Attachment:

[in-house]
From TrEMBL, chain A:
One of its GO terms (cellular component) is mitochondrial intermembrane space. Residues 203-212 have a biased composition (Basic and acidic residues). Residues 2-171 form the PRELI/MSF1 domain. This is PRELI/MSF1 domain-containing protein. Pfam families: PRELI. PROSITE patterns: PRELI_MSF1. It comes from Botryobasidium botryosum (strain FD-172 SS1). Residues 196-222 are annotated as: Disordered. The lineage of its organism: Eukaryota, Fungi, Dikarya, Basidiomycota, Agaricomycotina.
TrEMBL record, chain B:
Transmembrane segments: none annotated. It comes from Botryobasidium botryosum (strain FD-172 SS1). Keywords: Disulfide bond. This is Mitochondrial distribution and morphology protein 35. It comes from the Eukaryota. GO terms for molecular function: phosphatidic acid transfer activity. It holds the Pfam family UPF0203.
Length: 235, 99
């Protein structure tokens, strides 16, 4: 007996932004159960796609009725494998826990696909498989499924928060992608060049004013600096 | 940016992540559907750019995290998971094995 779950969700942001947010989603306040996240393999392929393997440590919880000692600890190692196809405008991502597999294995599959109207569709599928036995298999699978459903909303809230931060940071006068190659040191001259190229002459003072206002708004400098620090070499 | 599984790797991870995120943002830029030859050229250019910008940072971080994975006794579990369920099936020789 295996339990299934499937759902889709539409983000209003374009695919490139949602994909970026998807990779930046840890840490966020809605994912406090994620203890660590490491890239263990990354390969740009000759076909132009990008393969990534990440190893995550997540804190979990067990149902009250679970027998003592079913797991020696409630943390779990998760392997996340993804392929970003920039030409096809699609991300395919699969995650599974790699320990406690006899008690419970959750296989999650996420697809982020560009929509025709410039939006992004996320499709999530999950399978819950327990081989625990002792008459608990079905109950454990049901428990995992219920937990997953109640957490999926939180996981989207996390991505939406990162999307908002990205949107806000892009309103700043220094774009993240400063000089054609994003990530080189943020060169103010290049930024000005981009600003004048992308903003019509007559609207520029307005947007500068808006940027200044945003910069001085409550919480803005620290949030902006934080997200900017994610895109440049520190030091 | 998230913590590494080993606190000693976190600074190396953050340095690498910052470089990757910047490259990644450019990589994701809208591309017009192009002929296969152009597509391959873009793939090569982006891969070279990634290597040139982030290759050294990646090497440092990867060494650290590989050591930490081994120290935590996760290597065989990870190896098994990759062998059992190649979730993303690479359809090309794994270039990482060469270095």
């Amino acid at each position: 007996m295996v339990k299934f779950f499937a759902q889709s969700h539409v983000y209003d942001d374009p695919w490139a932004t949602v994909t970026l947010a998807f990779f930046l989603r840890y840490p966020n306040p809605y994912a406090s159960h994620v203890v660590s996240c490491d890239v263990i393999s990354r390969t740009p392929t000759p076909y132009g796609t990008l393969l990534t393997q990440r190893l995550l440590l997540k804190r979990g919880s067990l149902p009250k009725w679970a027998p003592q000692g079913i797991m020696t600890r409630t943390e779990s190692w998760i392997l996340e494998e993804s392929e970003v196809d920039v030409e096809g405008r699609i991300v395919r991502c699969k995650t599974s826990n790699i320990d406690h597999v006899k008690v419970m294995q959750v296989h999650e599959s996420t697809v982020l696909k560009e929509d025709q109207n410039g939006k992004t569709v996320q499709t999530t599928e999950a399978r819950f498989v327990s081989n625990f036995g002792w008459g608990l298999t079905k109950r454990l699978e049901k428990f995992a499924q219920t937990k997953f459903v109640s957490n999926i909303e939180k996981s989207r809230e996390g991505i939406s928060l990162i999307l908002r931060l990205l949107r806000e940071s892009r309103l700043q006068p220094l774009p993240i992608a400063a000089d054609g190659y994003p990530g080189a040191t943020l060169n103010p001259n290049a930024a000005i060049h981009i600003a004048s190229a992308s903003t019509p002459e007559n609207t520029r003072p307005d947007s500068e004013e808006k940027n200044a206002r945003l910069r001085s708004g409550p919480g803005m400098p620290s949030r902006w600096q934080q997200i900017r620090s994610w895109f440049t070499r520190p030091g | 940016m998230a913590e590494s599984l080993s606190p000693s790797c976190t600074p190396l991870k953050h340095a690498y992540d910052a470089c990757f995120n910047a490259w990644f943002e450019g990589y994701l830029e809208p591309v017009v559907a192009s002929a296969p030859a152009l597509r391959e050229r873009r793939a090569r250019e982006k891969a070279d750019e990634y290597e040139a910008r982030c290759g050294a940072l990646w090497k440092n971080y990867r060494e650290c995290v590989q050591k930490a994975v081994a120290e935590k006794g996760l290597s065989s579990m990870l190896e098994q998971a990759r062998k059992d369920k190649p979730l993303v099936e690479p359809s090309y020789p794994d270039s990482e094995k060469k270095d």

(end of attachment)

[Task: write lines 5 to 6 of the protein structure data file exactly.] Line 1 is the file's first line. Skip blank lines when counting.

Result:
Transmembrane segments: none annotated. It comes from Botryobasidium botryosum (strain FD-172 SS1). Keywords: Disulfide bond. This is Mitochondrial distribution and morphology protein 35. It comes from the Eukaryota. GO terms for molecular function: phosphatidic acid transfer activity. It holds the Pfam family UPF0203.
Length: 235, 99